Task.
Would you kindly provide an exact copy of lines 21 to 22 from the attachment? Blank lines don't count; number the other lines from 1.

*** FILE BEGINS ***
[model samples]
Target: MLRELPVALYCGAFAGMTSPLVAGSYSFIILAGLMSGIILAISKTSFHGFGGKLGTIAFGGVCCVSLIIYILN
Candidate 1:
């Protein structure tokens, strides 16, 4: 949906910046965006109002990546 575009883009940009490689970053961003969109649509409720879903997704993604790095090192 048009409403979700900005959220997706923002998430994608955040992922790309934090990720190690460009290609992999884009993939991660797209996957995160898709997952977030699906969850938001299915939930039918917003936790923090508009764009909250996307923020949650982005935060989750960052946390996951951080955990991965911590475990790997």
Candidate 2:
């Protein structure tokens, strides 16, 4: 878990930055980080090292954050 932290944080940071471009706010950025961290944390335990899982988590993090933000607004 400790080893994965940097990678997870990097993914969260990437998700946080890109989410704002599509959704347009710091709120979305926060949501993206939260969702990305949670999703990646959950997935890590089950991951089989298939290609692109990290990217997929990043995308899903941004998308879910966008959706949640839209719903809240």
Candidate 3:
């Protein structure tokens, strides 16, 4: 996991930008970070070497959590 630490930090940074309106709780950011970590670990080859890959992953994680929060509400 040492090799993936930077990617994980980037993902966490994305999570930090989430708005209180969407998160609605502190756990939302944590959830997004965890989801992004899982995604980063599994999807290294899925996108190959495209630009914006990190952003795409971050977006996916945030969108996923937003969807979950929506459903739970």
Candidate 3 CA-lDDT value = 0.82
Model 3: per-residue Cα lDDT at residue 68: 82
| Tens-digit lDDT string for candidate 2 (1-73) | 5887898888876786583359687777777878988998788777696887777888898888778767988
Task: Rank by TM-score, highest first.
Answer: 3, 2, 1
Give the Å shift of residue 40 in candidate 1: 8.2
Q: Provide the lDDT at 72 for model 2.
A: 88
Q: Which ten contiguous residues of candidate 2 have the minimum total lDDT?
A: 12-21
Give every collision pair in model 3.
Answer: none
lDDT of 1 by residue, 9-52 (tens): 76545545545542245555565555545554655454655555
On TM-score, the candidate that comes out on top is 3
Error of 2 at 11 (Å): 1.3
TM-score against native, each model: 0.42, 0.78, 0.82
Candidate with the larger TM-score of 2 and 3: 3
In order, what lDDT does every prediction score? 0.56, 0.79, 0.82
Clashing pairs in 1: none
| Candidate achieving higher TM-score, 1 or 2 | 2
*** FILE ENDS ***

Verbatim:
lDDT of 1 by residue, 9-52 (tens): 76545545545542245555565555545554655454655555
On TM-score, the candidate that comes out on top is 3